Man Faces Murder Charges After Shots Fired at His Car Killed His Passenger

Francisco Galvan was in the line of fire when two men started shooting at his car. The shots hit him and his two passengers, fatally wounding one of them. Galvan lived through the experience but now, he faces murder charges for the passenger who was killed by the shots.

How did Galvan go from being at risk of being murdered to being charged with third-degree murder?

Shots Fired

On January 7, 2022, Francisco Galvan, 20, got in his car with two others and drove to an apartment complex in Temple Terrace to sell marijuana to an interested buyer. But, the transaction never occurred.

When Galvan’s car pulled up to the apartment, the would-be buyers started shooting at it. The shots hit Galvan and his two passengers. Galvan drove the three injured men to Tampa General Hospital, but it was too late for 18-year-old Ismael Reyers-Barajas. He died from his injuries that day, as reported by the Tampa Bay Times.

While it is unclear if the person or persons who shot Reyers-Barajas and his passengers have been charged, someone is facing criminal charges in the case — Galvan.

In an unusual turn of events, Galvan is now facing a third-degree murder charge for Reyers-Barajas’ death.

Prosecutors say that because the shooting happened during an attempted drug deal orchestrated by Galvan, Galvan is partially to blame for Reyers-Barajas death.

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What Is Third Degree Murder?

Florida is only one of three states that have third-degree murder laws. Pennsylvania and Minnesota are the other two states.

In Florida, third-degree murder is outlined under Florida Statutes Section 782.04. It is described as the unintentional killing of a person while committing or attempting a non-violent felony.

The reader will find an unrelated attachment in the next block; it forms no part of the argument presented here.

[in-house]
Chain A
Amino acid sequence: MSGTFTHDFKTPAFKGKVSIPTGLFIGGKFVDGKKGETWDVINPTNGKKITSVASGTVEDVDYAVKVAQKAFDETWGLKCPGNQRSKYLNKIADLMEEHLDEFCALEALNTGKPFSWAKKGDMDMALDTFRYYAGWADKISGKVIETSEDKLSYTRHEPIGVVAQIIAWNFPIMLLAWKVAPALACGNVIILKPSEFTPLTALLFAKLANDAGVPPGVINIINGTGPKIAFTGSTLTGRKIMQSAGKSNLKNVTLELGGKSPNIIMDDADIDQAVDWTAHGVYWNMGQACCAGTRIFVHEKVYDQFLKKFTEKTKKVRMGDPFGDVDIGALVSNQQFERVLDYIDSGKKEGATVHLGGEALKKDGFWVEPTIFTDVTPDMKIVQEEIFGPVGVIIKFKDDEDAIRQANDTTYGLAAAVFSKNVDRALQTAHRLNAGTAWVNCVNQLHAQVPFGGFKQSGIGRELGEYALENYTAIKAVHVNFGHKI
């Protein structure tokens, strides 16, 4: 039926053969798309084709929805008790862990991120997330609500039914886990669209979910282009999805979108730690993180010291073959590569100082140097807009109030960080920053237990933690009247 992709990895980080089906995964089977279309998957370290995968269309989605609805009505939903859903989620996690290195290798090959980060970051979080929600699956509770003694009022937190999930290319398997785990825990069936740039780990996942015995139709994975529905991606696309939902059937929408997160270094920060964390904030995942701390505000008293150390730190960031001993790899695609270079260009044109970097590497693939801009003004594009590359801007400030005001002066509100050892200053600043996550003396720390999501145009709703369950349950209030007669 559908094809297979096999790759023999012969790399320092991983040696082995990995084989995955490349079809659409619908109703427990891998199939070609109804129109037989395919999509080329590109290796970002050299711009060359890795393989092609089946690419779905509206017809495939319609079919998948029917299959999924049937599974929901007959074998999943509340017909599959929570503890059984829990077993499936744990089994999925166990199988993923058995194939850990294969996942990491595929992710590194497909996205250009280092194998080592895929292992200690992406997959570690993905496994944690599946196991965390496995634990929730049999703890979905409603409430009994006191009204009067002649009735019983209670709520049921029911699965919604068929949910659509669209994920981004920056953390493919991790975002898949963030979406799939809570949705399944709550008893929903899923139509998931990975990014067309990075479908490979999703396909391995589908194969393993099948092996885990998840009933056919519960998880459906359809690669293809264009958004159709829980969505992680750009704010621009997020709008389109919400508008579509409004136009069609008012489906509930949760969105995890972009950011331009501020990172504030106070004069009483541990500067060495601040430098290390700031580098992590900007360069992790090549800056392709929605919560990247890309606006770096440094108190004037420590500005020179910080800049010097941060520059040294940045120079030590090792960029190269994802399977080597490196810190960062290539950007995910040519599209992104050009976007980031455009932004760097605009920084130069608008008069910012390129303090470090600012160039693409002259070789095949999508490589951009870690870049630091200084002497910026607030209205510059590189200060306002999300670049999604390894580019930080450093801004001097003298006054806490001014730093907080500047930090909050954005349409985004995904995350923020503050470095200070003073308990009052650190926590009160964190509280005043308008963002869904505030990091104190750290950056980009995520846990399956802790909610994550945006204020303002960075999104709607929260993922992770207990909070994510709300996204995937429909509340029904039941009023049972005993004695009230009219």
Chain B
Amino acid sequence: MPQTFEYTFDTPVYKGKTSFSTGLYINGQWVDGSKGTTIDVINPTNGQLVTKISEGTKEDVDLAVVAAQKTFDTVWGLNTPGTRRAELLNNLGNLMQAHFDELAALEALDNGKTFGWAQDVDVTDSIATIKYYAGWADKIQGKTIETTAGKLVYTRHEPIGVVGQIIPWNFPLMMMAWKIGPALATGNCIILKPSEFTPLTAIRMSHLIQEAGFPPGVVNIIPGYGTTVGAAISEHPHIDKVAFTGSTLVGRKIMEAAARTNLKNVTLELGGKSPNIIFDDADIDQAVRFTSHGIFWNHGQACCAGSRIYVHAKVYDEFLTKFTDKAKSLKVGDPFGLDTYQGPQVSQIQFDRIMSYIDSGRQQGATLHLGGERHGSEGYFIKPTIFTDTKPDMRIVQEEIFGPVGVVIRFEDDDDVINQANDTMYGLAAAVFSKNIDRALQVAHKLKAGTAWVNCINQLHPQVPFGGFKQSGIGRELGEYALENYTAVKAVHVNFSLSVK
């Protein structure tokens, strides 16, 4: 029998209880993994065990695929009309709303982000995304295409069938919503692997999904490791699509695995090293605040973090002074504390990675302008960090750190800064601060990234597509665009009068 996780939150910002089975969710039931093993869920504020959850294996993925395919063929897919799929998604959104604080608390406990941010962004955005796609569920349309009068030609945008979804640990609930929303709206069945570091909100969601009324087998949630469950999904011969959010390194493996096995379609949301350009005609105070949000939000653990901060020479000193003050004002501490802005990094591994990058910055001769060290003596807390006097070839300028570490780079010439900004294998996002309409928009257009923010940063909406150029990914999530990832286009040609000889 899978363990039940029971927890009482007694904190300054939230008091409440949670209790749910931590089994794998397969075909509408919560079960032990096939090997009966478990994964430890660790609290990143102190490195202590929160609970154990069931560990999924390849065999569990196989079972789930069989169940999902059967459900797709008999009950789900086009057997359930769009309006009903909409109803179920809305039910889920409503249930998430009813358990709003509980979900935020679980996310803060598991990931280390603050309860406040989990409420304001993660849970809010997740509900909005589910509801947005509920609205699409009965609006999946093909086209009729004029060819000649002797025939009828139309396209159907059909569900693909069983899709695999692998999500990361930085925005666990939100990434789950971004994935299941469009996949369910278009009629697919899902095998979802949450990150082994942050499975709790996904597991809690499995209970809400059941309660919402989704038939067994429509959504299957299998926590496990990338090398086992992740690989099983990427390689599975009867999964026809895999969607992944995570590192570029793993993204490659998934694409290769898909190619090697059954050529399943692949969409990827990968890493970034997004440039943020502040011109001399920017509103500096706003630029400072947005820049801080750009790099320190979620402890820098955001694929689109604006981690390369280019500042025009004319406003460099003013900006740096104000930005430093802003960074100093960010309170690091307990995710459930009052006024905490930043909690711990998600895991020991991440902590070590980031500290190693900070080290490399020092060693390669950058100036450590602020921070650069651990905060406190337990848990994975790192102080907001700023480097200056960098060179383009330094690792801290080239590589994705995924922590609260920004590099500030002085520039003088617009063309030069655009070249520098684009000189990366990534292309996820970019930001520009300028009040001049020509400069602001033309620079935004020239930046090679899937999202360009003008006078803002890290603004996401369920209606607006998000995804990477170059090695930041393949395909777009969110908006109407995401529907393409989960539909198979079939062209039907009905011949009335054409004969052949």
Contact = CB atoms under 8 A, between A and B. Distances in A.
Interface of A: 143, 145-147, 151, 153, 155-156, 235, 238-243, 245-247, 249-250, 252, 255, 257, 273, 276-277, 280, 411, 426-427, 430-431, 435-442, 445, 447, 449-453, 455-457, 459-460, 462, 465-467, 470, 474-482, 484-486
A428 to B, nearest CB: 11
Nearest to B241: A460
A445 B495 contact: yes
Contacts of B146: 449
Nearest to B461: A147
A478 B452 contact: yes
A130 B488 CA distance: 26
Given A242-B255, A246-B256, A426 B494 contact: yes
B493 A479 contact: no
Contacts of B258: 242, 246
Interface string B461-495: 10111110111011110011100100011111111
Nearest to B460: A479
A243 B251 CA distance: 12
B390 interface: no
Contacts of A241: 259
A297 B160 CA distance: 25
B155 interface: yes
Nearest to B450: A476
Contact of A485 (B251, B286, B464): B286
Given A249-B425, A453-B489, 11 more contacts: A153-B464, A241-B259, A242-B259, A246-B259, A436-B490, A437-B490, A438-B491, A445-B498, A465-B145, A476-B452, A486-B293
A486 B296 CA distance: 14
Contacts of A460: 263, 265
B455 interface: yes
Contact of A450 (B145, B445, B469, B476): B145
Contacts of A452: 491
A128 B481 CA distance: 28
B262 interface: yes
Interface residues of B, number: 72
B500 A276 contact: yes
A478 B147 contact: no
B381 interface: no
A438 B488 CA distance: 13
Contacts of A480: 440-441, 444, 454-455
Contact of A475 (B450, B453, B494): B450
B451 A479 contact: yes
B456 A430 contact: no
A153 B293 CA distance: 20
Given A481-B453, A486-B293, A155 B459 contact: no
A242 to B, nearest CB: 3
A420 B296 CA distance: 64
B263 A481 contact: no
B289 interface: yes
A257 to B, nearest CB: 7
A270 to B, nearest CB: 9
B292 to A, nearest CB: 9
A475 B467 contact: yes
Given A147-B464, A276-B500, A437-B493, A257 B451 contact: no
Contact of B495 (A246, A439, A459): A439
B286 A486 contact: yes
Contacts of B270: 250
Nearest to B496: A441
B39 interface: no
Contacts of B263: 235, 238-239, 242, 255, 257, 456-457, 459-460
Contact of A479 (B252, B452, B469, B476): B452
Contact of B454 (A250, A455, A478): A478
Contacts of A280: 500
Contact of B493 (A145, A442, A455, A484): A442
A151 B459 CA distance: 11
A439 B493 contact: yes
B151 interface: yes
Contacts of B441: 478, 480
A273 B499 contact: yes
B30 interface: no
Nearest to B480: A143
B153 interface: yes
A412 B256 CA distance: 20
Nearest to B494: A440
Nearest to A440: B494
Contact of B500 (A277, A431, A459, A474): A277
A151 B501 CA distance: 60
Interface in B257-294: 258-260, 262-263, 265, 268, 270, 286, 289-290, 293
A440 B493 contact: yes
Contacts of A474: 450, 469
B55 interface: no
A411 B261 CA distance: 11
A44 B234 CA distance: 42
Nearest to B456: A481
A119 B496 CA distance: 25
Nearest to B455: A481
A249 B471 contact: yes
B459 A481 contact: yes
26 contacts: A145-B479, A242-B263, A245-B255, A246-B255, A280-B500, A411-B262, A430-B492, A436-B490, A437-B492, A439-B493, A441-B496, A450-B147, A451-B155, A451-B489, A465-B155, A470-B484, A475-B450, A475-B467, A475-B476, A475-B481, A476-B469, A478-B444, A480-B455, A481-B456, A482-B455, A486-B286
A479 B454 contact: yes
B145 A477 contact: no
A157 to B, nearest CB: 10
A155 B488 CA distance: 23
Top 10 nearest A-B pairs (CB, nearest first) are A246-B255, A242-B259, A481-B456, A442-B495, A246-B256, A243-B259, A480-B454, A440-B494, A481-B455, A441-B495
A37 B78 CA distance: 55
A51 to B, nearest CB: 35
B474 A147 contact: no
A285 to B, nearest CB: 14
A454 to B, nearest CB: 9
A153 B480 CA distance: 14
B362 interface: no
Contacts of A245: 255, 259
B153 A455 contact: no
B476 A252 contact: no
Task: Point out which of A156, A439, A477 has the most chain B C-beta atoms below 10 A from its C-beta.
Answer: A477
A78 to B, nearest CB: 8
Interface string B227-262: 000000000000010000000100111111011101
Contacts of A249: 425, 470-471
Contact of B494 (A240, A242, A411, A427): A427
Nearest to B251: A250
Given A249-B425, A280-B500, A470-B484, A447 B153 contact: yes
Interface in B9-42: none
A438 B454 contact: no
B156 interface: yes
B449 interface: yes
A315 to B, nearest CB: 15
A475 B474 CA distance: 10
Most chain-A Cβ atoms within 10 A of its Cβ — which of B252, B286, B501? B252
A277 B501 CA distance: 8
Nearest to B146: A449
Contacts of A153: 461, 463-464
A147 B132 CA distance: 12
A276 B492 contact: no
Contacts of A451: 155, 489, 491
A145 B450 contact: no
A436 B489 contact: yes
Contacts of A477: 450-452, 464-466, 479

The penalty is up to 15 years in prison, 15 years of probation, and a fine of up to $10,000.

Galvin’s arrest report states the shooting was, “committed during the commission of a felony that (Galvan) was involved in.” Because Reyers-Barajas was killed while Galvan was committing a crime, prosecutors say Galvan is in some way responsible for the death.

Third-degree murder does not require intent the way that first and second-degree murder charges do. In most cases, a death caused by the unintentional act of another person is considered a manslaughter charge, but not in this case.

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Third Degree Murder vs. Manslaughter: What’s the Difference?

When a death is caused by neglect rather than malicious intent, it is often considered a manslaughter charge, not a murder charge.

Manslaughter is defined under Florida Statutes Section 782.07. It refers to situations where:

  • Someone intentionally completed an act that led to the death of another person.
  • Someone persuaded or encouraged another person to complete an act that led to that person’s death.
  • Someone was culpably negligent which led to the death of another person.

Manslaughter charges typically apply to situations where someone caused another person’s death but they had no prior intent on killing the other person.

In this case, it appears that Galvin had no intent to kill Reyers-Barajas. But because Glavin was engaging in criminal behavior during Reyers-Barajas’ death, he may face the more serious charge of third-degree murder.

If convicted, the third-degree murder charge will hold more weight on Galvin’s record. But, the potential sentencing for both third-degree murder and manslaughter is the same.

They both hold the potential for 15 years in prison, 15 years of probation, and a fine of up to $10,000.

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The Importance of Working with a Top Criminal Defense Attorney

Multiple crimes were in motion on January 7, 2022. Galvan was planning to commit the crime of selling illegal drugs, but instead, he now faces charges for a much more serious crime — a shooting he did not commit but may be responsible for.

If you find yourself in a situation where you are facing minor or serious criminal charges, it is important to seek legal representation as soon as possible. Both misdemeanors and felonies have the potential to change your life and lead to fines, probation, and jail time.

Do not face a criminal charge on your own. Talk to an experienced criminal defense attorney who can help you get the best possible outcome for your situation. If you are facing criminal charges, contact TJ Grimaldi today to see how our team can help you navigate your situation and get the most just outcome. Request an appointment or call 813-226-1023.